I saw squirrels! You might wonder why that seems so exciting. In my last blog I described the work we are doing to create California ground squirrel colonies in protected parts of San Diego County for the benefit of burrowing owls. We had just completed surveying the sites for the presence of ground squirrel burrows, and were overjoyed to find evidence of recent activity, from fresh dirt at the burrow entrances to squirrel feces and cut grass found around the burrows.

We followed up our burrow surveys with count surveys at the beginning of June. I went back to the translocation sites with San Diego Zoo volunteer, Sara Alhawi, to assess our populations through observations. We spent three hours each morning, seated quietly at some distance from the plots where we had released squirrels from 2011 to 2013. With binoculars in one hand and a clipboard in the other, we counted the total number of ground squirrels we could see at any one time. Where the grass was thick, this was almost like a visual whack-a-mole game!

At one of our older colonies, established in 2011 and left to fend for themselves since the beginning of 2013, we counted six juveniles. While that number may seem low, visibility was compromised by the tall grasses, so we could only count those that climbed up bushes or logs to stand vigilant against predators. Since all six were juveniles, we presume more siblings were nearby, and adults must have been present but undetected. Overall, while I would have preferred to count more squirrels, we are very pleased that this population continues to survive, six years after the first translocation.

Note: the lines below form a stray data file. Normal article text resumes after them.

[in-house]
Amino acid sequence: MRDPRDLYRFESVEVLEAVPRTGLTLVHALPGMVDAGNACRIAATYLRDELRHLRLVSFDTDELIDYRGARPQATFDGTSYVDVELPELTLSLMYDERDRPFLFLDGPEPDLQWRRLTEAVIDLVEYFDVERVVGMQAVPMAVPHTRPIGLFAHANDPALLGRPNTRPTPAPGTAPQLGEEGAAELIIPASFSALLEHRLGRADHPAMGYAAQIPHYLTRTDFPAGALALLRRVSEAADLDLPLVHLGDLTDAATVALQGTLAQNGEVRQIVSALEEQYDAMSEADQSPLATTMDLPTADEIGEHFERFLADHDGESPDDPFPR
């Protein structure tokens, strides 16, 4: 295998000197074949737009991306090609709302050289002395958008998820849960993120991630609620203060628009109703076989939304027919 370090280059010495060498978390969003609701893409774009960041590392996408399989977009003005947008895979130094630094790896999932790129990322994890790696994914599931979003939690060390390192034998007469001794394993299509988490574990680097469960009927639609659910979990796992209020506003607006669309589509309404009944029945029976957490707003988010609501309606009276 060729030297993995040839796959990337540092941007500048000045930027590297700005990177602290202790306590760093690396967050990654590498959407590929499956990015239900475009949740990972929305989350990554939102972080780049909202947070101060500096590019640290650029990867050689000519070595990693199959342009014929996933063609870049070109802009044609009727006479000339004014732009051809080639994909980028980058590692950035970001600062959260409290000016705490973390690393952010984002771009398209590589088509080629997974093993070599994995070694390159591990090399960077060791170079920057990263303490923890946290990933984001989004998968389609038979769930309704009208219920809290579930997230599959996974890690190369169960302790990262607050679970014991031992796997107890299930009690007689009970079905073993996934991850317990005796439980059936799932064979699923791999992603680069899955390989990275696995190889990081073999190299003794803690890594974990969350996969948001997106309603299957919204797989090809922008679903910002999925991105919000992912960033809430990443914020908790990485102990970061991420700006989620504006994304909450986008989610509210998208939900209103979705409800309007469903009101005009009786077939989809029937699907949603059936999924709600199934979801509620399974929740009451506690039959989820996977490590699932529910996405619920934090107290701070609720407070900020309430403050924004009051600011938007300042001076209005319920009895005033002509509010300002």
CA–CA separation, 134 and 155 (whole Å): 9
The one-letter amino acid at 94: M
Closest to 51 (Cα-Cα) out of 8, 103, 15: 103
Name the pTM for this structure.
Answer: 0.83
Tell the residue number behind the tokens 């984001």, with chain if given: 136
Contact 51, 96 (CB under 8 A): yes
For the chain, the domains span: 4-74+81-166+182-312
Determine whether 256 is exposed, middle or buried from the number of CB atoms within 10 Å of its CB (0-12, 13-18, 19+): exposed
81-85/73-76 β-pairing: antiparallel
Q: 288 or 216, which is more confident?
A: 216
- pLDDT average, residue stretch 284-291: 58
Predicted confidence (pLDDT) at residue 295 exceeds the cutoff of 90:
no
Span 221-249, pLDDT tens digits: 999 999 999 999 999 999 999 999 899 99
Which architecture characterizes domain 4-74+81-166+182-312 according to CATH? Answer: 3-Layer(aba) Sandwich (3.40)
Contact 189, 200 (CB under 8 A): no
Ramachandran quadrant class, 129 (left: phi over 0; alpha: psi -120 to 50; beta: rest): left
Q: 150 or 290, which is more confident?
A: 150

Meanwhile, at two colonies where we released ground squirrels beginning in 2012, we counted thirteen total individuals at one plot, and fifteen at the other. The second plot with fifteen squirrels had much more open habitat thanks to a conservation-based grazing program initiated by the reserve managers to help reduce the biomass of ripgut brome (Bromus diandrus) and other non-native grasses. Thanks to the grazing, Sara was able to see all the adults and juveniles active during her three-hour shift. She also witnessed a predation event – a red-tailed hawk (Buteo jamaicensis) swooped down and captured one of the young squirrels she had been watching. That’s just one of the drawbacks when you work with a prey species. However, this particular site, the Rancho Jamul Ecological Reserve, is also prime nesting habitat for red-tails and other raptors, and the silver lining to this story is that our colonies continue to thrive in the presence of natural predators.

Overall, I’m proud of what we have achieved as a team in this program. Establishing California ground squirrel colonies in non-native grasslands for the purpose of improving biodiversity within a reserve system is a true conservation milestone.